Imagine that your local library has invited community members to submit proposals for a fundraiser. You are the student representative on the committee to choose the best proposal.Read the two proposals, paying close attention to their similarities and differences.Consider whether or not each proposal is logistically feasible, which fundraiser will most appeal to members of your community, and which fundraiser will likely raise more money.
Which proposal do you think the committee should choose? Write an essay in which you make a case for your choice. Support your argument with references to specific details in each proposal.
Proposal 1: The best way to get people invested in the library is to show them the joy of reading. For that reason, the library should hold a book sale. People could donate books that they no longer want, and the librarians could find books that the library no longer needs.Volunteers would need to sort the books into categories and arrange them in an inviting way, like at a bookstore. Books should be inexpensive so people will buy more of them – maybe fifty cents for paperbacks and two dollars for hardcover books. A book sale would appeal to people of all ages, from little kids to older people. There should also be a table where people can sign up for library cards. That way, if visitors do not find any books they want at the sale, they can come back to the library.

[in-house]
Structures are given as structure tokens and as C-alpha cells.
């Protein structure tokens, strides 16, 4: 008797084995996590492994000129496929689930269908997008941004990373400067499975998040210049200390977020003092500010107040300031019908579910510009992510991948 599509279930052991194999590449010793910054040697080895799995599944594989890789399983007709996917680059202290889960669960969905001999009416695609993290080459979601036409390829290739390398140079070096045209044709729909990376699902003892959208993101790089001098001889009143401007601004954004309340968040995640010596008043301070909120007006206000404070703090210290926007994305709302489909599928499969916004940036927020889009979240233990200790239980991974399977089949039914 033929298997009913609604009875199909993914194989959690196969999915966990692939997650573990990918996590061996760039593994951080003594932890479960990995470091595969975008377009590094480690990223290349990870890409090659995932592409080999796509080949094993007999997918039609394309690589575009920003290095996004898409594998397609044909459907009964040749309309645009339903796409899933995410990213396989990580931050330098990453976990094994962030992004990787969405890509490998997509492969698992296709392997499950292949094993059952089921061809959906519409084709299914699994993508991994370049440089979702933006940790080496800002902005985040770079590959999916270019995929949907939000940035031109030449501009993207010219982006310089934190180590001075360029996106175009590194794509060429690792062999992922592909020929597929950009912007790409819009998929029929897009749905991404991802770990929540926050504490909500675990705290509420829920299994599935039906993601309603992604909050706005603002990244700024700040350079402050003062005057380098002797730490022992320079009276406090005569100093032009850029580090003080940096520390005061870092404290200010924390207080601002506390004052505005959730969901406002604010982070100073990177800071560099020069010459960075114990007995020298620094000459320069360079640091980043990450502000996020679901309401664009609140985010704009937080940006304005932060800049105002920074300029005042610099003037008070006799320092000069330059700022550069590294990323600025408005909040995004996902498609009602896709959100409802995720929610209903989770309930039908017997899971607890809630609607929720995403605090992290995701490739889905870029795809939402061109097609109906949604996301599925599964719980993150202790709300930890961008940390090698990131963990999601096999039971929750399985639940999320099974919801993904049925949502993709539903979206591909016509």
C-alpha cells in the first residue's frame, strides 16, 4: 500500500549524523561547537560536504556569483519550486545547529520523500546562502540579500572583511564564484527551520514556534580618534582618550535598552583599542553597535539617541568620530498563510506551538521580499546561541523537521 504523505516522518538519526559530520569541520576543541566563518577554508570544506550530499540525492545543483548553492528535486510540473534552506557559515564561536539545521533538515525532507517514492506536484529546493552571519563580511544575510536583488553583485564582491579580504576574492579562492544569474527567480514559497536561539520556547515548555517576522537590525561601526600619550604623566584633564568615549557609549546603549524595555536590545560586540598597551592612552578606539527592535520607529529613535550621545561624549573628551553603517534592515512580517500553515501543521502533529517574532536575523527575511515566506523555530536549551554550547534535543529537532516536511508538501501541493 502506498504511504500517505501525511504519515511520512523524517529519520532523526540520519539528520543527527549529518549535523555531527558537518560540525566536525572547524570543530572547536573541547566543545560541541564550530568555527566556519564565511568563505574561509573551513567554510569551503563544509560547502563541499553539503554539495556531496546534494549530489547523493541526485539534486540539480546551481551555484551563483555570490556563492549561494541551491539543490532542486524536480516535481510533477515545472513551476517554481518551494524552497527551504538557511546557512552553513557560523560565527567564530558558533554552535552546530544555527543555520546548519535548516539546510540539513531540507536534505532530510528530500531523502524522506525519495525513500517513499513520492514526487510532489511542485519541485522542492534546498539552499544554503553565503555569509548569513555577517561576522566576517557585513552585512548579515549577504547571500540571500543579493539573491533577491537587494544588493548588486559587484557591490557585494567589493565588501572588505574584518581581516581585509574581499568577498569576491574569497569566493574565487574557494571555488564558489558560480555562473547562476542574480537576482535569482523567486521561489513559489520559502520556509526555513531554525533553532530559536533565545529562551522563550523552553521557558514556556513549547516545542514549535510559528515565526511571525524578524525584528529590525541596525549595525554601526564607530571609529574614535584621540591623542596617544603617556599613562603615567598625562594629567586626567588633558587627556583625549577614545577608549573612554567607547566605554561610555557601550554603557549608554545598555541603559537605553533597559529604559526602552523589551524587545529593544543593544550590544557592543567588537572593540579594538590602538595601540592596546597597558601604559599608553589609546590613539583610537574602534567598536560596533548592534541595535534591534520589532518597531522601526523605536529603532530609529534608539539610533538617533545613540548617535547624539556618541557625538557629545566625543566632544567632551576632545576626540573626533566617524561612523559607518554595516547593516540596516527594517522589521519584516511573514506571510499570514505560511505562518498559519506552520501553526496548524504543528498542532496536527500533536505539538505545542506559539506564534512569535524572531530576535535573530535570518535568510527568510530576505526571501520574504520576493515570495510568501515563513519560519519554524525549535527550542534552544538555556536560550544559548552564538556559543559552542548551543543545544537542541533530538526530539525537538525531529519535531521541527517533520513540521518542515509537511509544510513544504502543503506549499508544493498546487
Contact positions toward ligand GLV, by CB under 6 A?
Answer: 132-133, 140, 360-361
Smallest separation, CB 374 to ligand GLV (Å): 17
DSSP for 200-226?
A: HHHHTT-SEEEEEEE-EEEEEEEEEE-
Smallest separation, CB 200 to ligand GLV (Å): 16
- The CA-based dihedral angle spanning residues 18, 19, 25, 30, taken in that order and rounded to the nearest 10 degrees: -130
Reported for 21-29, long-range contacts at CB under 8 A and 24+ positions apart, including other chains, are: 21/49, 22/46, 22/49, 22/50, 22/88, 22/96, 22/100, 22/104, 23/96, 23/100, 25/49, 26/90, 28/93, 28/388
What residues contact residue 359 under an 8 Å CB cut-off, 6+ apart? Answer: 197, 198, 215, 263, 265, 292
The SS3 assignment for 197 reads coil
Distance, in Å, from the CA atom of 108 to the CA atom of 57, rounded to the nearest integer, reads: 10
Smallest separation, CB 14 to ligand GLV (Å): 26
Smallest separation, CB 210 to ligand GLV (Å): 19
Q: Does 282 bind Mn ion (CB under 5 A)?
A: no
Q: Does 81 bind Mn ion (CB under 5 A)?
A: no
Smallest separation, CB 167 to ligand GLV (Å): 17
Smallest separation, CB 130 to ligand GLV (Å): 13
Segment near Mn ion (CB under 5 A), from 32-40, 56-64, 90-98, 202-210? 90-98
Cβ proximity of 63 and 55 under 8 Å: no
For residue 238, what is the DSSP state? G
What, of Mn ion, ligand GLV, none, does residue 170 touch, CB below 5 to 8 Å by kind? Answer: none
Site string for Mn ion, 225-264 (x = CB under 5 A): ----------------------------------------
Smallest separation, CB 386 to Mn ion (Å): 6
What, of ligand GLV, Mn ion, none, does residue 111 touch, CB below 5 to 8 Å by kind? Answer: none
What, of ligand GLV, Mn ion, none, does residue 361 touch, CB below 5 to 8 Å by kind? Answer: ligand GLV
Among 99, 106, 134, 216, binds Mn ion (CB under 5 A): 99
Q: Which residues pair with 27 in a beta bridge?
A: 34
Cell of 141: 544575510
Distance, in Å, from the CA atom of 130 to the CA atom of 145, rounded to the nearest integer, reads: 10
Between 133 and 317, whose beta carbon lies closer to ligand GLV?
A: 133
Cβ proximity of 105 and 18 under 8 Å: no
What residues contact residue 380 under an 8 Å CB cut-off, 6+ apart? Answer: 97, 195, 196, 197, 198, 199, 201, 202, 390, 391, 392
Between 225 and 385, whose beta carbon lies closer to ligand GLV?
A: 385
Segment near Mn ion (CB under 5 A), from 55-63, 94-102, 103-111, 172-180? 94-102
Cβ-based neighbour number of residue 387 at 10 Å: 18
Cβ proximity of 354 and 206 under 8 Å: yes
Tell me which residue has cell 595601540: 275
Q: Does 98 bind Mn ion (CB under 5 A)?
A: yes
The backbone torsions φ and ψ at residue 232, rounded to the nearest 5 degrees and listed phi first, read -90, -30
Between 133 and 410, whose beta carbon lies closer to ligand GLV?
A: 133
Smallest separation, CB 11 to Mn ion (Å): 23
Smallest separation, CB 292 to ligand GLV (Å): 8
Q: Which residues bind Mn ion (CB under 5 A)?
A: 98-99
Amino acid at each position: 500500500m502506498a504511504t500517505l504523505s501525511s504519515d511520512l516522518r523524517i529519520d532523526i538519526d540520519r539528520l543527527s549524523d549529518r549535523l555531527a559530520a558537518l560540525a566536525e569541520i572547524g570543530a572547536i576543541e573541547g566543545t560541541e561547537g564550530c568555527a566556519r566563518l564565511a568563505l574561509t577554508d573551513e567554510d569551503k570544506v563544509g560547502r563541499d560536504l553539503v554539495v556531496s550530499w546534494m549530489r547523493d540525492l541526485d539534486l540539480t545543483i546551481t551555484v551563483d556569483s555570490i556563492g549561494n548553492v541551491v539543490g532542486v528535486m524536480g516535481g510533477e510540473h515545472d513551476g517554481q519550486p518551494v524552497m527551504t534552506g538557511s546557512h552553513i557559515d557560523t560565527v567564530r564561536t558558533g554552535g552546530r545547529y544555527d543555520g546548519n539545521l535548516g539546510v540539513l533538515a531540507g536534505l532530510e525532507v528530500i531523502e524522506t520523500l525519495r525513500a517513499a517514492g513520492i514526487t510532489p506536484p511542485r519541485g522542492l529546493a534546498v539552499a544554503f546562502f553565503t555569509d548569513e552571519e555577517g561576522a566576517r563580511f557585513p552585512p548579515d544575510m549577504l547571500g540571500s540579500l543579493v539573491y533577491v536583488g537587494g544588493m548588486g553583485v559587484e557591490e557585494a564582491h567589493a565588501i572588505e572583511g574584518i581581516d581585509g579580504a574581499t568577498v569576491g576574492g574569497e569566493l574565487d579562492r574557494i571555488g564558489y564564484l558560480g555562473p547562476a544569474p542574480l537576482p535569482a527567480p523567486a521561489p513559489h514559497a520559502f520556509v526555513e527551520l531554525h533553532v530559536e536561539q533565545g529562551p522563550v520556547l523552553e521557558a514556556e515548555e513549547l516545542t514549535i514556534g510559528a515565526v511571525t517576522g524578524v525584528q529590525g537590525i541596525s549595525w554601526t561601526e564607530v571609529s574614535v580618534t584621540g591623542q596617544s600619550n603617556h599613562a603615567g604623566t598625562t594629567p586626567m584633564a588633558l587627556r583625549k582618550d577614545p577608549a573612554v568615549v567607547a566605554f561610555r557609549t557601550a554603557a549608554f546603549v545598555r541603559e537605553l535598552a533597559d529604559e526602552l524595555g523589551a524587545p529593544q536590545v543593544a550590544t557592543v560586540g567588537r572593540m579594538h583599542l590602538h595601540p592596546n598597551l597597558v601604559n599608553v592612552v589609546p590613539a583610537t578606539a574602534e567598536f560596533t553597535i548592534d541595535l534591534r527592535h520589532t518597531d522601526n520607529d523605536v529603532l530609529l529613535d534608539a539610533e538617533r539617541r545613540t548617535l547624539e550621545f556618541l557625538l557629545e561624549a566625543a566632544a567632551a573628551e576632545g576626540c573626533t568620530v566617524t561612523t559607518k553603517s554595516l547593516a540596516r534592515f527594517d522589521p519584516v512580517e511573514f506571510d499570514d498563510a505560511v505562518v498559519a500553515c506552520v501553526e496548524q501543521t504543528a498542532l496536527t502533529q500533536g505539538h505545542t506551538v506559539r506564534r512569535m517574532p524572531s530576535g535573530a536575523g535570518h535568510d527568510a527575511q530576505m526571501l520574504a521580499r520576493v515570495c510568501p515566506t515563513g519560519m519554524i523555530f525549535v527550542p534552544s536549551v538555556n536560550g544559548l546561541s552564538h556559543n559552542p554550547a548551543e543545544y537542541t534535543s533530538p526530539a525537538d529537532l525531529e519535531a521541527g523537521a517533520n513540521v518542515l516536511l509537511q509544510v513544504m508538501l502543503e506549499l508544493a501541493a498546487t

Proposal 2: A great way to make money for the library would be holding a car wash. The softball team at my school raised over $400 at their car wash last year! The car wash could be held in the library parking lot on a Saturday morning. You could ask local high school students to volunteer to wash the cars. That would be a great way to get students involved with the library. It takes two or three volunteers to wash a car quickly, so you would need at least ten volunteers. You could charge around ten dollars per car. Even people who are not very interested in reading like to have a clean car, so you would get a lot of people to stop by who might not otherwise come to a library fundraiser.